Monday, November 16, 2009

Can we please talk about "V" and "Fringe"?

The rebooted "Battlestar Galactica" ruined me for new scifi in two ways: it started out so freakin' good, and it ended up so freakin' bad.

Since BSG, I inevitably end up comparing the first part of any new scifi series to that feeling of amazement and excitement I felt over the quality of BSG's beginnings -- and thanks to the horror that was its finale, I get to fear committing to any series that seems as if it might be good, because what if it takes me down the same path of heartbreak, where I have to pretend that an entire season didn't happen just to get by?

Which is why I've been late to start watching "Fringe" -- hello! season 2 -- and why I waited a couple of weeks to finally catch up on "V". (It might not hurt that the news that "Dollhouse" is cancelled came down last week -- I now have a slot open for disappointing scifi in my schedule.)

Oh, "V", "V", "V". You were my favorite in your original incarnation. I made my whole family watch you when you had been reduced to a series mostly about Robert Englund's mad affair with a lizard woman in a cave. (Why a cave? I can't remember.) It didn't hurt that you had the Beastmaster as your lead, though I would have recommended partnering him with some ferrets to really capitalize on his talents. And your cutting-edge 80s makeup effects! Lizard-eye contacts and plasticine skin suits, does anyone ever get tired of you? I do not.

And now "V" the reboot. At least you have the guts to be mostly dull and deeply cliche right off the bat. You're giving me lame terrorist cells now, not making me wait four seasons to listen to some nonsense about Mitochondrial Eve. You're stealing a page from the BSG book using some fabulous actors -- clearly, network folks have been reading my petition to have Alan Tudyk in every broadcast show -- and hey, how about that sly casting of a Cylon as a possible V? Nice. It's nice to see the guy from "The 4400" getting work -- even as a priest who is so clearly throwing over his religion for a chick. And Morris Chestnut, shirtless lizard? More please.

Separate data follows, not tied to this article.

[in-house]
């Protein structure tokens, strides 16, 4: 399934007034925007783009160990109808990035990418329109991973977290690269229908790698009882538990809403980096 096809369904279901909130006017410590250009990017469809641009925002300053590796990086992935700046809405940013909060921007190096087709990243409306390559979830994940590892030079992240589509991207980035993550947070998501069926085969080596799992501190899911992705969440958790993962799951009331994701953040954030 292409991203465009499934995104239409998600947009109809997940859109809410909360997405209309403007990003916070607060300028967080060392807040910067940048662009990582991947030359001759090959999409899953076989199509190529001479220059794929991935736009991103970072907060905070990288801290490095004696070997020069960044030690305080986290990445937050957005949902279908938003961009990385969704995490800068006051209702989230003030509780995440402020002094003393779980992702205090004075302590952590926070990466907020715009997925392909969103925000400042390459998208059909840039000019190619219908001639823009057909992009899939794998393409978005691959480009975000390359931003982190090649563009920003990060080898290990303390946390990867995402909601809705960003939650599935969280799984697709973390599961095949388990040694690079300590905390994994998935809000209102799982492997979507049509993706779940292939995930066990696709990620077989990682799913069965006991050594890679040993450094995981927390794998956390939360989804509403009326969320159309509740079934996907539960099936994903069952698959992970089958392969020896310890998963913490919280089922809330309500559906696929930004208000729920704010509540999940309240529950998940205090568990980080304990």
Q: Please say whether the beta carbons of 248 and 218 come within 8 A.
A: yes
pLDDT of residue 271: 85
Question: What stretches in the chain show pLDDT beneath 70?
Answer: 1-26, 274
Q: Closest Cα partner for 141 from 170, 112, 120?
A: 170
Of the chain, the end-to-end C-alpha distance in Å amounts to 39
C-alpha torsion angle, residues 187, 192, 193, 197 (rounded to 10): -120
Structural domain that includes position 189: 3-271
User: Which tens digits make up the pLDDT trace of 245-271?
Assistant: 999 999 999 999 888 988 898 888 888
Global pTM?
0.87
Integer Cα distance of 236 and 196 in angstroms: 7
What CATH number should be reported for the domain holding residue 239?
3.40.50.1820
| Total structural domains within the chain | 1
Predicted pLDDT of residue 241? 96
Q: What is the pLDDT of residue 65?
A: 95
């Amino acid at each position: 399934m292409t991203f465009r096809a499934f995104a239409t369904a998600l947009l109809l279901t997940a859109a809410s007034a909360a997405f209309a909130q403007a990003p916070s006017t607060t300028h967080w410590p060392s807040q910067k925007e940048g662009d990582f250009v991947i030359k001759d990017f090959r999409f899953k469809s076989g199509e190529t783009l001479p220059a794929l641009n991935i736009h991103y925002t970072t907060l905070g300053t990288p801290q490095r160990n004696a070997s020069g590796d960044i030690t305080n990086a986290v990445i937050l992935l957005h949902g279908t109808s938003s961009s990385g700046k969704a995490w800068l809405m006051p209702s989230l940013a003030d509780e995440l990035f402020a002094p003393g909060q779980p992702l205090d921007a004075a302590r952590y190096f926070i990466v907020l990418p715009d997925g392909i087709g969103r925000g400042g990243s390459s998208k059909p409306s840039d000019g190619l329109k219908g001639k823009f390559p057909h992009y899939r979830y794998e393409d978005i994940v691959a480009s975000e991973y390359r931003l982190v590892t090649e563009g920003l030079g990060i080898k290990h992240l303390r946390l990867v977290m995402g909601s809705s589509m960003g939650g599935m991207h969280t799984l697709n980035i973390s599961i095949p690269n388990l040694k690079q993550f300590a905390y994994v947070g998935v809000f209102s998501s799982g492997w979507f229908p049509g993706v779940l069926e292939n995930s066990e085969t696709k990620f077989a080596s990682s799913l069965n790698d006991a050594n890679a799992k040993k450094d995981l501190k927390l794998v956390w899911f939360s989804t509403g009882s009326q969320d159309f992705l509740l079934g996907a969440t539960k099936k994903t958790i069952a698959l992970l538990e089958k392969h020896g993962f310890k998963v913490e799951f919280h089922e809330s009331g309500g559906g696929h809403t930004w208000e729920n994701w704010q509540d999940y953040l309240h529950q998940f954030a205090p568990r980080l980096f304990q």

The casting directors are the smartest people on this show. All the cleverness seems to be confined there. It is only one step above your average ScyFy offering, because the actors are better than your average ScyFy thespians (yes, even Scott Wolf) and the special effects were clearly not created as cheap computer animation on the director's third cousin's computer (the shuttles are, admittedly, a little too "Welcome to Disneyland!" at this point, but maybe that was on purpose).

But even with the cleverness of the casting, even with players from a handful of other more successful scifi series, the scripts are not giving them a hell of a lot to do. There's not a scene that's more than three exchanges of dialogue long. And they're all the same scene. Get yourself a bingo card for each time the priest distrusts and then believes the other priest or the FBI agent tells her son not to get involved with the Vs, which causes him to moon over the photo of his V love interest in his camera phone. Variation? Nay. Emotional range? No opportunities allowed. (Chestnut does pull off some good conflicted longing, but I have a soft spot for him -- dude, he was totally gunned down in "Boyz 'N the Hood"! how can you not have a soft spot?)